MTA to pursue network ban after subway worker assaulted

The Metropolitan Transportation Authority (MTA) intends to seek a three-year ban, the highest allowed by law, against an Alexander Wright who has been charged with second-degree felony assault, third-degree assault and of second-degree harassment following an Aug. 11 attack by New York City Transit cleaner Anthony Nelson.

Nelson, who allegedly left Pelham Bay Tube station with a colleague following reports of customers being harassed outside the station, was attacked and broke his collarbone and nose. Nelson and his colleague were able to detain the man who attacked him until authorities arrived. Nelson spent days in the hospital and underwent surgery to treat his injuries.

In addition to the current charges, Wright has a record of at least 13 prior arrests — some of them on the transit system, as well as three in a single day for two assaults and criminal mischief resulting in property damage.

If Wright is convicted on the current charges, MTA President and CEO Janno Lieber has said he intends to ask a judge to order Wright’s ban from the transit system for three years, which is the maximum penalty.

“Attacks on transit workers are unacceptable and we must do everything we can to prevent them and keep our customers and employees safe,” Lieber said. “Given the horrific actions of Mr. Wright and his long history of arrests – including some for equally violent attacks – this sentence is warranted. People who attack transit workers have no place on our subways, buses and trains.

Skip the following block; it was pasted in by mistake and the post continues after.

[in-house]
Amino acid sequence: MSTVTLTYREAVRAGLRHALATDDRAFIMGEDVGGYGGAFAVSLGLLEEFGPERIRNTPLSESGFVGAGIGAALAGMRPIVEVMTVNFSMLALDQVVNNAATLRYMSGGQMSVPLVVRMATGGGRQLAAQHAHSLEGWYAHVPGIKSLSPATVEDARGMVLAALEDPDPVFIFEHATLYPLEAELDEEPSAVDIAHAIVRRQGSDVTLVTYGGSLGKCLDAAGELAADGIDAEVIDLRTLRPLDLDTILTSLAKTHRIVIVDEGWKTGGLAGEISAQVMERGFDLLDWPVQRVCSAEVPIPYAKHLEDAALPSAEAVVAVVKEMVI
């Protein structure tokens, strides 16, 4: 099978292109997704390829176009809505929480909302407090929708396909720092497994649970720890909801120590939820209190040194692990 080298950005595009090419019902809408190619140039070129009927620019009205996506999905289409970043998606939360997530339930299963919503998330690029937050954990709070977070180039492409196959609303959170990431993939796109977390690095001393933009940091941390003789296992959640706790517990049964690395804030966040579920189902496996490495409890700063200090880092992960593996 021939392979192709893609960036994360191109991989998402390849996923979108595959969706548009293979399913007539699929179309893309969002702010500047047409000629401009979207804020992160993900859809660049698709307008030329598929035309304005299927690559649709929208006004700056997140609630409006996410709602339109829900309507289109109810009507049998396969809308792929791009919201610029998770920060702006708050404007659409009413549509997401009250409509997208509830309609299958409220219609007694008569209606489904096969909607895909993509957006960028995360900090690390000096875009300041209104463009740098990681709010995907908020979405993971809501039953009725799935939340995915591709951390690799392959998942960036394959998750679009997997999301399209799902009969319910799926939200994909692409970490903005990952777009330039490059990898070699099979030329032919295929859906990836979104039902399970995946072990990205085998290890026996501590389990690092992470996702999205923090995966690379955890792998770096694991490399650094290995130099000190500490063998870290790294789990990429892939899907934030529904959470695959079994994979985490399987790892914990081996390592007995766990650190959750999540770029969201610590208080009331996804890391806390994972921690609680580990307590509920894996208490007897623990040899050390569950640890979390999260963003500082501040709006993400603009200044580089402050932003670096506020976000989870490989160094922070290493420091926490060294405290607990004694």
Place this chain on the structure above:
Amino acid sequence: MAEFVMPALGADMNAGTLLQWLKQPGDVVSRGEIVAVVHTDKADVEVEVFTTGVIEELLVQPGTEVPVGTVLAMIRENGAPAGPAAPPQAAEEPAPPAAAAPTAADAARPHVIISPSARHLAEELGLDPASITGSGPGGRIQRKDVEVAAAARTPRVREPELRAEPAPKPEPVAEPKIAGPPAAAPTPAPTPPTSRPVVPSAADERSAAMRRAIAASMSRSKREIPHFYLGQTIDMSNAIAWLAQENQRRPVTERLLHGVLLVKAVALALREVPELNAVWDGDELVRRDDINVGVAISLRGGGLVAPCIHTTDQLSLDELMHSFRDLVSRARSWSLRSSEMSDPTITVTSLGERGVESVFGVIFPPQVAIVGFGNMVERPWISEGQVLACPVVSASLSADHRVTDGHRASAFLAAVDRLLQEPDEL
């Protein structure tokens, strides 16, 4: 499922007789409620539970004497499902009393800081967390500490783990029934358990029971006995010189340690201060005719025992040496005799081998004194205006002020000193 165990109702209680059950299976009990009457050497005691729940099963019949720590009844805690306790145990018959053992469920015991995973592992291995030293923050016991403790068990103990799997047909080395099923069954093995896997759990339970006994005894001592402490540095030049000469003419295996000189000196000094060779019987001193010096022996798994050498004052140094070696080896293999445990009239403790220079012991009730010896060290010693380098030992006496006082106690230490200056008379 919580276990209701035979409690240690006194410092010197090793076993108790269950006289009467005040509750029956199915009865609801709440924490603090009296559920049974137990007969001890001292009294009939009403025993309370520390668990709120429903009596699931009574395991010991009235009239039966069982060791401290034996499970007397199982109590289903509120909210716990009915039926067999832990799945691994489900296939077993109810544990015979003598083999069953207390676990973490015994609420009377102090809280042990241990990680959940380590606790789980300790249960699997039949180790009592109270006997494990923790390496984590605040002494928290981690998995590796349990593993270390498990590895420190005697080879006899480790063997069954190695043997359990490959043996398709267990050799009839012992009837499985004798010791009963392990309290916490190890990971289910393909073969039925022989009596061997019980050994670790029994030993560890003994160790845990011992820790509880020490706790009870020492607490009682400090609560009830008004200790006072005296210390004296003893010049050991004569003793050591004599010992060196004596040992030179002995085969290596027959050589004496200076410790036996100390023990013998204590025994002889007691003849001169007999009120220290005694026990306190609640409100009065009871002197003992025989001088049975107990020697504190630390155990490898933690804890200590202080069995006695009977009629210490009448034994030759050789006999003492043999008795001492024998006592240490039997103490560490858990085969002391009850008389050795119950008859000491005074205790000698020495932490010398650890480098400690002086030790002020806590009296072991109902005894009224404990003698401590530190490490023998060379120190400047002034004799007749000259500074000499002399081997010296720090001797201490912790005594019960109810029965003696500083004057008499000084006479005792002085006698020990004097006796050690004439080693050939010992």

NYC Transit President Richard Davey, who visited Nelson in the hospital after the assault, said no one’s job description should include looking over their shoulder in fear.

“While we continue to work with our law enforcement and legal partners, we cannot sit idly by as these attacks continue. The message behind the ban we seek is simple: if you prove yourself to be a danger to New Yorkers, you should not be allowed to return to the public transit system, period,” Davey said.

In June, New York Governor Kathy Hochul signed legislation expanding protections for transit workers from assault. Bill extends protections to station customer assistants, ticket or revenue collectors, maintenance workers and supervisors employed by transit agencies or authorities who work with and among the public and allows second-degree assault charges to be brought against those who physically harm transit workers. .

TWU Local 100 President Tony Utano said, “We are tired of seeing our members being attacked on a daily basis for no good reason. Prosecutors and judges must hold people accountable for their actions and ensure transit workers can do their jobs safely.

Melvin Z. Madore